• Another efficient design decision that Octopath makes is dividing each quest into short chapters. So far each chapter has consisted of a few cutscenes, a visit to a town, a small dungeon, and a boss battle with save points liberally placed throughout. This makes the game much easier to pick up and play for short bursts compared to other JRPGs. Most of my play sessions have been under an hour and in portable mode.
  • A minor gripe: there is no option to auto-advance fully-voiced cutscenes. In most games, I like being able to set the controller down while listening to the dialog with my hands free to do other things (mostly eating). This game doesn't let me do that since I have to tap the A button after every line of dialog. I've gotten used to it by now, but it still makes the conversations between characters sound a little stilted. 
  • There are side quests in this game, but I have no idea how to keep track of which ones I'm working on or determine what the objectives are for each. The game prompts me when I've met the criteria to start a new side quest (usually talking to the right NPC), but I have yet to figure out how to progress things from there. I'm not sure if this is a game design issue or if I'm doing something wrong. Either way, the side quests don't seem to matter much yet.
  • Every time you begin a new character's quest, that character joins the party at level one. I was initially concerned that this would make the game feel unbalanced, but that hasn't been the case. The level curve is such that the new character catches up quickly and the older characters don't become too overpowered. In other words, the difficulty curve has been smooth.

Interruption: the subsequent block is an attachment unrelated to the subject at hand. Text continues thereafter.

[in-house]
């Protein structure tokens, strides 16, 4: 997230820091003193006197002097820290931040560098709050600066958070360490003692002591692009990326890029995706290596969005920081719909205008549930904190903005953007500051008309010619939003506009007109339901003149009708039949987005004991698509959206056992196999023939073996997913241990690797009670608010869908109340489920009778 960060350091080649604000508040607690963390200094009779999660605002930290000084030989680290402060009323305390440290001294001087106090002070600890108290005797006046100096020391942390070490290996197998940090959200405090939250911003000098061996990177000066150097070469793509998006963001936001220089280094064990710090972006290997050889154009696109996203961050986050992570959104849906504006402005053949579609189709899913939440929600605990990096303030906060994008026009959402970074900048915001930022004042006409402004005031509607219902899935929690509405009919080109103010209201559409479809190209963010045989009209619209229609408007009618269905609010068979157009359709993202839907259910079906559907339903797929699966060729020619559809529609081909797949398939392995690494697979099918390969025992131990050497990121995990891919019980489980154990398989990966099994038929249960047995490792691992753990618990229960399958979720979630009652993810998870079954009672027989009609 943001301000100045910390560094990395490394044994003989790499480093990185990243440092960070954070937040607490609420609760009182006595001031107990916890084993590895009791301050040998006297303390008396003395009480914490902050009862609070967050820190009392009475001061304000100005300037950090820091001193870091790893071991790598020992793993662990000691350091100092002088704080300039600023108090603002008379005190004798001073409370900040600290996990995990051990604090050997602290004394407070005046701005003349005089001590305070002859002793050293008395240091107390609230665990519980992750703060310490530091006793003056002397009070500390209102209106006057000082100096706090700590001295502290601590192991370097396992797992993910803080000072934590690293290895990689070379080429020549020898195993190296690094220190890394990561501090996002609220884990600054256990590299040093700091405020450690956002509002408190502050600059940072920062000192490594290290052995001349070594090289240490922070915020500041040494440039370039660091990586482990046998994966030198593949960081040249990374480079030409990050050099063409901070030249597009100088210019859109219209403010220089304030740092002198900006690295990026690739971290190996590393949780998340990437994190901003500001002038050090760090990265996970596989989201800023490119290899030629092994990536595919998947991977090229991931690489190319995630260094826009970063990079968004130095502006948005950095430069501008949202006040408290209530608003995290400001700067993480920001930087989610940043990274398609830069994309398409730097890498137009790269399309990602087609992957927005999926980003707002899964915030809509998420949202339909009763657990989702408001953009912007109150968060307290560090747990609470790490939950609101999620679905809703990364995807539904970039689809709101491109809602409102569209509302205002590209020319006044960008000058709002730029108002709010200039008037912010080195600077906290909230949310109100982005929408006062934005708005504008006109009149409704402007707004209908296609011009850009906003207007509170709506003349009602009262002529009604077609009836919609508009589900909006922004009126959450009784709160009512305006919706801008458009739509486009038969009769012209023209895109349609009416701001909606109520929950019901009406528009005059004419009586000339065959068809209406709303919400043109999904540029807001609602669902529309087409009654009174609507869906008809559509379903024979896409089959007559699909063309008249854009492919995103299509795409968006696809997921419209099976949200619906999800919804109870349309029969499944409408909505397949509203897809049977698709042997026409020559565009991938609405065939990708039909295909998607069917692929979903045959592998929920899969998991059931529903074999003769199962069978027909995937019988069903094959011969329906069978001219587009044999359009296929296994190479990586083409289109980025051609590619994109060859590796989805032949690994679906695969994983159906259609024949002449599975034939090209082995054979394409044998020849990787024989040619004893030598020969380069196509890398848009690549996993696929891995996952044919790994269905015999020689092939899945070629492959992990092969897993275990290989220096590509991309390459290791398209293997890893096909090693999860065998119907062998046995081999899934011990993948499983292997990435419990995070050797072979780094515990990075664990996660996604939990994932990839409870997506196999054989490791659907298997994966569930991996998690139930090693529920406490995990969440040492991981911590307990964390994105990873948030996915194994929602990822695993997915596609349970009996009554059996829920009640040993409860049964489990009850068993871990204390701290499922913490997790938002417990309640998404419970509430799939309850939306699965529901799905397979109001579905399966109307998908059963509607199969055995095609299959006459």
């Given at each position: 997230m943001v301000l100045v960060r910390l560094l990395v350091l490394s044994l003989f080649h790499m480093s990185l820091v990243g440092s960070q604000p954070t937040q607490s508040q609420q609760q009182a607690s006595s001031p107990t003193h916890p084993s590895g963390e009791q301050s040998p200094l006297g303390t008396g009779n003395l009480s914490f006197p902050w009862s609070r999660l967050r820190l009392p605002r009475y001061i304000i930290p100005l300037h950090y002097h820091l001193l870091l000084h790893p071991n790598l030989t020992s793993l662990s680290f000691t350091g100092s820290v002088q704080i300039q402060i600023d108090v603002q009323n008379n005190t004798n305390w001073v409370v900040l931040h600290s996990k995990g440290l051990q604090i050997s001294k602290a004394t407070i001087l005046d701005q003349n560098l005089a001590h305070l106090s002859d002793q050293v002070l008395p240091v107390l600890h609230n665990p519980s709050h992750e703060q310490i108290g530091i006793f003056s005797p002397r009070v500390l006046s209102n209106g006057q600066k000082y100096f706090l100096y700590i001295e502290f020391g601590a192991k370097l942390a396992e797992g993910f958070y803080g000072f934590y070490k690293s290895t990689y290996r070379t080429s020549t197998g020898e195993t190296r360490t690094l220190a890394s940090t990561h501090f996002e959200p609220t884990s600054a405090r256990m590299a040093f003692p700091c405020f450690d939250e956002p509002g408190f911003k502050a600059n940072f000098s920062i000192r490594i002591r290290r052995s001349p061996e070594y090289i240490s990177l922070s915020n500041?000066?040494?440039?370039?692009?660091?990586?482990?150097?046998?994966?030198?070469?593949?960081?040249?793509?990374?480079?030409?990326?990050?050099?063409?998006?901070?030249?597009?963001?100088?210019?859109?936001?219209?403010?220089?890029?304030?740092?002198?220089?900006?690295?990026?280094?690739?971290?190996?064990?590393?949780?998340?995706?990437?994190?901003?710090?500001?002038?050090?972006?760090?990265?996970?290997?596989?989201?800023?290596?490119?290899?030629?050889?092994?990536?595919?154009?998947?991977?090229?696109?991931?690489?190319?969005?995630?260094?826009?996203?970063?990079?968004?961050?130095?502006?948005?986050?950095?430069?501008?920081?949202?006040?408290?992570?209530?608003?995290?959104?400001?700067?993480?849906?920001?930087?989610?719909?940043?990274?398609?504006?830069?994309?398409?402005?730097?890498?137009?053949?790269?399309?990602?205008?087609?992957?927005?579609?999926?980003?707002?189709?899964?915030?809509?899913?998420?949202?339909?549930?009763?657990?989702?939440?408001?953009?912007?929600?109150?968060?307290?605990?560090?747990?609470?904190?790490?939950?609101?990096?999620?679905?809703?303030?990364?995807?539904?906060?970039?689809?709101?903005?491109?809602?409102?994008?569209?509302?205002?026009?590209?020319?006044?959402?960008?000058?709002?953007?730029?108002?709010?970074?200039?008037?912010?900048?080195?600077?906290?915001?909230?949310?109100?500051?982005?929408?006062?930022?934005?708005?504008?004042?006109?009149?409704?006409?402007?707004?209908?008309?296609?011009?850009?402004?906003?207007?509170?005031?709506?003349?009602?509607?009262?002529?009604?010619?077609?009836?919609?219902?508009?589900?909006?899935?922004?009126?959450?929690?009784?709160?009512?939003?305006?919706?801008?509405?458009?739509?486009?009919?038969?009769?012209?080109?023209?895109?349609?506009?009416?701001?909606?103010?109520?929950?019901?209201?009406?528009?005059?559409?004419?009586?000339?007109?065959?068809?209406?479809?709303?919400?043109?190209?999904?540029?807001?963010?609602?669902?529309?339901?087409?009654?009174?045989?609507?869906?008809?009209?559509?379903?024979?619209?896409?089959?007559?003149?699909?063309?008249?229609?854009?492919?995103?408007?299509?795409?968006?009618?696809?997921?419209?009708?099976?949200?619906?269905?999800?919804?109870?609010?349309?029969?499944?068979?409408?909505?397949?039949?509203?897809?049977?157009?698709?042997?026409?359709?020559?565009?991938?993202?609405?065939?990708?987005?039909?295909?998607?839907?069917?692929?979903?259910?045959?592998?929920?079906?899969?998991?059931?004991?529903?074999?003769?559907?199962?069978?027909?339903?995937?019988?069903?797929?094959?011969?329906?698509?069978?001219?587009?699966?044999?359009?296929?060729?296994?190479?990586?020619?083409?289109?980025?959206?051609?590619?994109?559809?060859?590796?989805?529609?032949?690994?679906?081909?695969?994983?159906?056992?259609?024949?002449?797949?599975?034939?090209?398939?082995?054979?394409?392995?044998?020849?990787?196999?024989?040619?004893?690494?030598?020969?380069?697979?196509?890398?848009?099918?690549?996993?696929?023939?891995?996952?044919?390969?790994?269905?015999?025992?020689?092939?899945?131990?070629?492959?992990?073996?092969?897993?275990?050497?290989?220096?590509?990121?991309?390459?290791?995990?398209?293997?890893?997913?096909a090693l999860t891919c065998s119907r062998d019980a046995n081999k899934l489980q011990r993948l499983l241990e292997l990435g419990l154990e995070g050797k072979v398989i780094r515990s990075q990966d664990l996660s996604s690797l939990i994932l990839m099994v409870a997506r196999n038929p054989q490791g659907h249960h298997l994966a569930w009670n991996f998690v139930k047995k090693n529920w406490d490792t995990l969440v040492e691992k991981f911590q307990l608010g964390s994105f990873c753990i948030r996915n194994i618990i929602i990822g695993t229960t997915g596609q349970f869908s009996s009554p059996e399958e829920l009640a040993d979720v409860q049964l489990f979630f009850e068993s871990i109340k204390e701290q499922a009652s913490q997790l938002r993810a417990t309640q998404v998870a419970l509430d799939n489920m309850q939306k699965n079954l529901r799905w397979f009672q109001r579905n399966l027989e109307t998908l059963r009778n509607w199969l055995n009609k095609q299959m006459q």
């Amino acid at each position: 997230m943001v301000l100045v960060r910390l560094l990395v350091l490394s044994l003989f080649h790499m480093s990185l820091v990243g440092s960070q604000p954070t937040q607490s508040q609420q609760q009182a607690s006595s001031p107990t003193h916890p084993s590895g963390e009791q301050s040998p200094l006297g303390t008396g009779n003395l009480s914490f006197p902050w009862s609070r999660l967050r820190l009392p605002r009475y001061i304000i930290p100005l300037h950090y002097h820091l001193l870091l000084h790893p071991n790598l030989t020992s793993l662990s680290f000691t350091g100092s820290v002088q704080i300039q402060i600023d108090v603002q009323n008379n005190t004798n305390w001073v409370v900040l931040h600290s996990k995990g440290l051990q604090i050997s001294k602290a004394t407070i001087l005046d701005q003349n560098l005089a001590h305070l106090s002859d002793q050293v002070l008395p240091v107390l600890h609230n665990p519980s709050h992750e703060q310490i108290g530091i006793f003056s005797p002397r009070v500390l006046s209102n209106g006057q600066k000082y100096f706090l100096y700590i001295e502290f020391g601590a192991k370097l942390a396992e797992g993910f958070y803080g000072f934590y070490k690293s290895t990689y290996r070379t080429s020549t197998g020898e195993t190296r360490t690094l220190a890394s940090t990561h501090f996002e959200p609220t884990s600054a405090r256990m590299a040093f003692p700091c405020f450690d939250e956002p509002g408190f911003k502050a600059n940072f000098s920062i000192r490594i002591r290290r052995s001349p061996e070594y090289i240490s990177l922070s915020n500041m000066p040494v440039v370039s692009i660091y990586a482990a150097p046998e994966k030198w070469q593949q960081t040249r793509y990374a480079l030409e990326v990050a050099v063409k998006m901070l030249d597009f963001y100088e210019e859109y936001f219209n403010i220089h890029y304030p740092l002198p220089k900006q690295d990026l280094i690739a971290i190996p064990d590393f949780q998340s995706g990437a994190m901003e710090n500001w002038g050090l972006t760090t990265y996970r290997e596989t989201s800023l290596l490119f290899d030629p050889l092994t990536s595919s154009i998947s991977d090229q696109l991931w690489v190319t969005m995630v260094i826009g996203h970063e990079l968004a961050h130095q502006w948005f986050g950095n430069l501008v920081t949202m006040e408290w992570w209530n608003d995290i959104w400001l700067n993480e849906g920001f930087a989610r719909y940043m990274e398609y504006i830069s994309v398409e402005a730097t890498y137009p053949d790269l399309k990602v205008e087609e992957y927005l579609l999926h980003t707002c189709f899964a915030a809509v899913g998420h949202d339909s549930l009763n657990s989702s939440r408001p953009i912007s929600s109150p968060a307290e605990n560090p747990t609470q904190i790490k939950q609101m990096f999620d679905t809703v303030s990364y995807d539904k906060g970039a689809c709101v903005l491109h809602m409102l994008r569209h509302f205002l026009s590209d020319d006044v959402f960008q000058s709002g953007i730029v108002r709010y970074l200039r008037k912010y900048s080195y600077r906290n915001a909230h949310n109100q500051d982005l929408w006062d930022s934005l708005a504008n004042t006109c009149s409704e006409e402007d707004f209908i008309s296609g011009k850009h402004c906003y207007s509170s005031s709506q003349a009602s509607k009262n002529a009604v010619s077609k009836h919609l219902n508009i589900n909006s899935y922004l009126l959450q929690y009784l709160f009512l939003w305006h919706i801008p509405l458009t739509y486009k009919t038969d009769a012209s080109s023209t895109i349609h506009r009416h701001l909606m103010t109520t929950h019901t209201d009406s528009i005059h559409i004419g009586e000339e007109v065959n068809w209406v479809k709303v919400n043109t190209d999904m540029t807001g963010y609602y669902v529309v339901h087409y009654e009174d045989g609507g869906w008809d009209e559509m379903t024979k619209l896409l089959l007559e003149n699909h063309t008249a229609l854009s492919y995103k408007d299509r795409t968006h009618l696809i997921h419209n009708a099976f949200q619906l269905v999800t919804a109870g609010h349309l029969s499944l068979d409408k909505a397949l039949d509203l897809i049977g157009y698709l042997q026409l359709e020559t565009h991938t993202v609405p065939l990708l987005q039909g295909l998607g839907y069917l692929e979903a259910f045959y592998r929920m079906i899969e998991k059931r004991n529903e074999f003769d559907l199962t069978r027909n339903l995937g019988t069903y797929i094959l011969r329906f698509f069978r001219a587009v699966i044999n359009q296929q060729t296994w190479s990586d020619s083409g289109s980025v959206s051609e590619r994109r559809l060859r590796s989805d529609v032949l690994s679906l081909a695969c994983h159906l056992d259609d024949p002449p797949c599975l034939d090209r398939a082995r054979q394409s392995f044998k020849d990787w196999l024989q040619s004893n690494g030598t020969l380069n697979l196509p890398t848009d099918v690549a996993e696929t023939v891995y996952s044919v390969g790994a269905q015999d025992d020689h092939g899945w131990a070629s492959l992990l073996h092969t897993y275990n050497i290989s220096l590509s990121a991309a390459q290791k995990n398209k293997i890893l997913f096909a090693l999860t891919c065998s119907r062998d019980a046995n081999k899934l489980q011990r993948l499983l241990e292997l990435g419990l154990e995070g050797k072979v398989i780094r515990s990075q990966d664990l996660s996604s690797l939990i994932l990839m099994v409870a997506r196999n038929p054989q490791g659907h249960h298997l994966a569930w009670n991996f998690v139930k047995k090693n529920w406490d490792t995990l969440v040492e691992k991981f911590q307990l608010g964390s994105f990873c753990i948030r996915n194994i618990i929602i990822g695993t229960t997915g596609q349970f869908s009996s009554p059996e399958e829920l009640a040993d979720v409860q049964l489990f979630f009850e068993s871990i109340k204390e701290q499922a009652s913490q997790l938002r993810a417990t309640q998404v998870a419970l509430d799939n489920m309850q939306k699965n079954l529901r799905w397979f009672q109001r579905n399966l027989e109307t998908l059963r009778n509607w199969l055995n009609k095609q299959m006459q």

• Some of the early bosses can take quite a beating before finally going down, however, I have yet to have one wipe out my party. 
  • Right now, the five characters I have access to are the scholar, the cleric, the merchant, the huntress, and the thief. Each one plays a little differently, but there is some overlap in their skill sets. For example, if a quest requires acquiring a key item from an NPC, I can either use the merchant to purchase the item off the NPC, or just steal it using the thief. I'm curious to see how each character's field skills work together once I've assembled the whole crew.
I was initially concerned about some of the early reviews I was seeing for this game, but I'm having a blast with Octopath Traveler so far. I'm thinking that the eagerness of some outlets to brand this game as "the next Final Fantasy 6" did it a disservice. Octopath is looking less like one grand quest with an ensemble cast like Final Fantasy 6, and more like a set of smaller stories that occasionally intertwine, a la SaGa Frontier. Thankfully for me, that's exactly what I wanted.

If you'd like to check out the world of Octopath Traveler for yourself while also supporting this blog, you can order a copy of the game from this Amazon affiliate link: Octopath Traveler - Nintendo Switch

This month marks the two-year anniversary of Tales from the Backlog! The event that got me started with blogging is called Blaugust and it returns this year as #BlaugustReborn! If you would like to learn more about Blaugust or sign up to participate, check out this post from fellow game blogger, Belghast: Tales of the Aggronaut - First of Blaugust